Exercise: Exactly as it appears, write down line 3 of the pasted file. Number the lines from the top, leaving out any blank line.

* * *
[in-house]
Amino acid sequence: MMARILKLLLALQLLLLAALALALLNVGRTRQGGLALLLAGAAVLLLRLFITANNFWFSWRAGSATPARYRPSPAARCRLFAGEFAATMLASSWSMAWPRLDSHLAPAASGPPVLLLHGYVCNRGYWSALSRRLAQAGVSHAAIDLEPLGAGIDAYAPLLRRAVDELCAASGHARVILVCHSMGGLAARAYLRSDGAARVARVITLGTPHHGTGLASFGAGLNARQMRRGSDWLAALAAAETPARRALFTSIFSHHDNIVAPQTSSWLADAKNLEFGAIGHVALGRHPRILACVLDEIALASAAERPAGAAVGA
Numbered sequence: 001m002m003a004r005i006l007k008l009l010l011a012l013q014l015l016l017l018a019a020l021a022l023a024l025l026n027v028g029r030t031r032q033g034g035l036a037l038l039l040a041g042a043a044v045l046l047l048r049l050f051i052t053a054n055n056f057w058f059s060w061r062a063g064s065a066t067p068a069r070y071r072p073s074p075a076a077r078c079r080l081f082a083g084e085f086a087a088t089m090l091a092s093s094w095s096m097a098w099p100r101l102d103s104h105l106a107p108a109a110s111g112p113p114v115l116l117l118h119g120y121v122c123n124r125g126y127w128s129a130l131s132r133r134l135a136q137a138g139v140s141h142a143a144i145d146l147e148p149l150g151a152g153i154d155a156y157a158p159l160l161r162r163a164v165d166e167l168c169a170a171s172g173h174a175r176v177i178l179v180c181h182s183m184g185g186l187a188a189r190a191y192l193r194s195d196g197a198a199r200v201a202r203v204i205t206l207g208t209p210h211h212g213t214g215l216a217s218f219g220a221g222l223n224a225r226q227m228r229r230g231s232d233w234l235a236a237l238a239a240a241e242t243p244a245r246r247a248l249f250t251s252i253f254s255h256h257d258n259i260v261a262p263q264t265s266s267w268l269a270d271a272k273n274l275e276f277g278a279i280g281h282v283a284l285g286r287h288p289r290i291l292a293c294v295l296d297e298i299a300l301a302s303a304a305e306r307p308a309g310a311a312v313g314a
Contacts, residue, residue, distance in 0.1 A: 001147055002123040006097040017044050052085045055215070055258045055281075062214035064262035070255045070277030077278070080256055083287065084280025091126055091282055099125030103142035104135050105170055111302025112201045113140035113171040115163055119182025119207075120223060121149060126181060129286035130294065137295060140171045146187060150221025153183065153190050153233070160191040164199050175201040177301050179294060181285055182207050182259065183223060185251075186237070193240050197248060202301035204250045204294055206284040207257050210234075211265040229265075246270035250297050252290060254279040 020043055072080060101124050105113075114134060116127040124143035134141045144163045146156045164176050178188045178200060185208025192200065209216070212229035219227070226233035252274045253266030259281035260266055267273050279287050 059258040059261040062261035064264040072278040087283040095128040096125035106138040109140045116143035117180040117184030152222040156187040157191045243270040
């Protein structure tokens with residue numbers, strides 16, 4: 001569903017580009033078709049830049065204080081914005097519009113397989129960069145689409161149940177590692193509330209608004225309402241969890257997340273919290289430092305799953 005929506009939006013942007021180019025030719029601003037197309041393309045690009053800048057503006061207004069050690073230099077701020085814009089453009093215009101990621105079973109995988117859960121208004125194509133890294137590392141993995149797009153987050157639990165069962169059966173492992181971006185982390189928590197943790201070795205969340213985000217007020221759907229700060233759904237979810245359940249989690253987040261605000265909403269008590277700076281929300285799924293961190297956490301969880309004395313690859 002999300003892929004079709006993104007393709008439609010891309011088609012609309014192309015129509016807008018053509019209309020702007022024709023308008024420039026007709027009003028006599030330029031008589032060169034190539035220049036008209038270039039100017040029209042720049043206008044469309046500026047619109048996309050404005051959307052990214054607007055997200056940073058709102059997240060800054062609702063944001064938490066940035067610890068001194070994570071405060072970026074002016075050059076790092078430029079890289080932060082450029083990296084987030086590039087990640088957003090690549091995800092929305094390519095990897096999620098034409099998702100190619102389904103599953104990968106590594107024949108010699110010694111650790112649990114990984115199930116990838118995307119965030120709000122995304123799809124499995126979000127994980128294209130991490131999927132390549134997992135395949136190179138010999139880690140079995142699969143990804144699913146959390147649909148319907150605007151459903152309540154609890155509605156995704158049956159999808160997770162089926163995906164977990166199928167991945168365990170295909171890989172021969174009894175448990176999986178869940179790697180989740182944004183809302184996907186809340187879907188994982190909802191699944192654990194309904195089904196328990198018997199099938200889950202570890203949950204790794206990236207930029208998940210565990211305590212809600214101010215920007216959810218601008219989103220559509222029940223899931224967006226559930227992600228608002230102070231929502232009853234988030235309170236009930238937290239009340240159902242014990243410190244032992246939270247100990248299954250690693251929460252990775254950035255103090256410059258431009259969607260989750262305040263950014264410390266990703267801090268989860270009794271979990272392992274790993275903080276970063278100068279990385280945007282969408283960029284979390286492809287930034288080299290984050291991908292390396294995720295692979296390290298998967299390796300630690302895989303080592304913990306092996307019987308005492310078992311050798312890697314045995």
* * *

Numbered sequence: 001m002m003a004r005i006l007k008l009l010l011a012l013q014l015l016l017l018a019a020l021a022l023a024l025l026n027v028g029r030t031r032q033g034g035l036a037l038l039l040a041g042a043a044v045l046l047l048r049l050f051i052t053a054n055n056f057w058f059s060w061r062a063g064s065a066t067p068a069r070y071r072p073s074p075a076a077r078c079r080l081f082a083g084e085f086a087a088t089m090l091a092s093s094w095s096m097a098w099p100r101l102d103s104h105l106a107p108a109a110s111g112p113p114v115l116l117l118h119g120y121v122c123n124r125g126y127w128s129a130l131s132r133r134l135a136q137a138g139v140s141h142a143a144i145d146l147e148p149l150g151a152g153i154d155a156y157a158p159l160l161r162r163a164v165d166e167l168c169a170a171s172g173h174a175r176v177i178l179v180c181h182s183m184g185g186l187a188a189r190a191y192l193r194s195d196g197a198a199r200v201a202r203v204i205t206l207g208t209p210h211h212g213t214g215l216a217s218f219g220a221g222l223n224a225r226q227m228r229r230g231s232d233w234l235a236a237l238a239a240a241e242t243p244a245r246r247a248l249f250t251s252i253f254s255h256h257d258n259i260v261a262p263q264t265s266s267w268l269a270d271a272k273n274l275e276f277g278a279i280g281h282v283a284l285g286r287h288p289r290i291l292a293c294v295l296d297e298i299a300l301a302s303a304a305e306r307p308a309g310a311a312v313g314a